Crick in the Neck Causes and Treatment

Nearly everyone has experienced a “crick in the neck” at some point. Poorly aligned sleeping positions, too many hours at the computer—especially when your neck is held in a non-neutral position for several hours at a time—and a minor cervical spine injury are just a few of the things that may lead to this condition.

Close up of mixed race woman rubbing sore neck

JGI / Tom Grill / Getty Images

“Crick in the Neck” Is Not an Official Medical Diagnosis

Neck cricks are also referred to as neck kinks and neck creaks. Regardless of what you call them, a crick in the neck can be quite painful. But is it anything to worry about?

First things first: “Crick in the neck” is not an official medical diagnosis. Rather, it’s a phrase likely coined by some unknown person that took off to the point where it is now commonly used to describe temporary but often intense pain and/or muscle spasm at the top of your shoulder, in your neck, or at the bottom of your skull.

This means that your healthcare provider won’t give you a diagnosis of a crick in the neck, nor will you be able to bill your insurance for this problem. But should your practitioner translate your “crick” into medical terms that are recognized by the establishment, this could change.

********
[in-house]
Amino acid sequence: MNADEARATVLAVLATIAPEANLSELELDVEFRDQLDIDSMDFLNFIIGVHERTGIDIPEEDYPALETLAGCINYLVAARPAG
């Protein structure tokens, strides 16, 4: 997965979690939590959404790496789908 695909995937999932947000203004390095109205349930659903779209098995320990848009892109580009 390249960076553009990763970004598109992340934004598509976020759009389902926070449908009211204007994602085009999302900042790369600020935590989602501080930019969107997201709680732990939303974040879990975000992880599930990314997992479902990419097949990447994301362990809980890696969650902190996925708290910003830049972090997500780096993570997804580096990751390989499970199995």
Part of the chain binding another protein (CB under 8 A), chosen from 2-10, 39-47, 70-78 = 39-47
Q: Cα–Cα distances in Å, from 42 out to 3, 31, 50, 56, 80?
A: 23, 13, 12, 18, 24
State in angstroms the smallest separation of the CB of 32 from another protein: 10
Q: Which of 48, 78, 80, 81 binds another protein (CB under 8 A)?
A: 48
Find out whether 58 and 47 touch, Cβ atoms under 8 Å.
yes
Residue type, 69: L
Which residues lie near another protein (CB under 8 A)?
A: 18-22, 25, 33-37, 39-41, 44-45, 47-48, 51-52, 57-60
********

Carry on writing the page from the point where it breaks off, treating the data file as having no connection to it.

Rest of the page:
Neck Kinks From an MD’s Perspective

When it comes to a creak, kink, or crick in the neck, one thing is certain: Medical professionals of varying stripes offer an array of perspectives as to its causes.

We asked two different physiatrists—medical doctors who specialize in physical rehabilitation—what a crick in the neck means to them. Both answered that about 75% of the neck cricks they see in their practices are due to muscle spasm. Other attributable causes they mentioned include:

A Comprehensive Explanation of Common Neck Pain

Late in the twentieth century, Robert Maigne, a French medical doctor, put forth a comprehensive explanation of common neck pain and one that likely includes neck cricks. Maigne’s contribution helps experts explain the multifaceted and often mysterious nature of a neck crick.

Maigne asserted that a condition known as painful intervertebral dysfunction often affects the most mobile area of the spinal joint. Because intervertebral dysfunction includes several structures rather than just one, it can account for several kinds of neck pain, and secondarily, headaches.

The area in and around the intervertebral joint consists of the disc; two vertebral bones, one above the disc and one below it; surrounding ligaments; and the nearby facet joints, which are located at the back of the spine and help keep you upright.

Intervertebral Dysfunction Is Painful But Not Serious

Quite often, intervertebral dysfunction is not serious, although it can cause intense pain. Paul Ingraham, who blogs at, calls intervertebral dysfunction, “minor intervertebral derangement or MID.” Ingraham defines MID as a “minor mechanical malfunction in your spine, causing pain directly through mild trauma.”

He lists things like pinched nerves, pinching of joint capsule tissue, popping (think knuckle cracking except that it occurs in your facet joints, which, again, are located at the back of your spinal column), and compression strain as common culprits.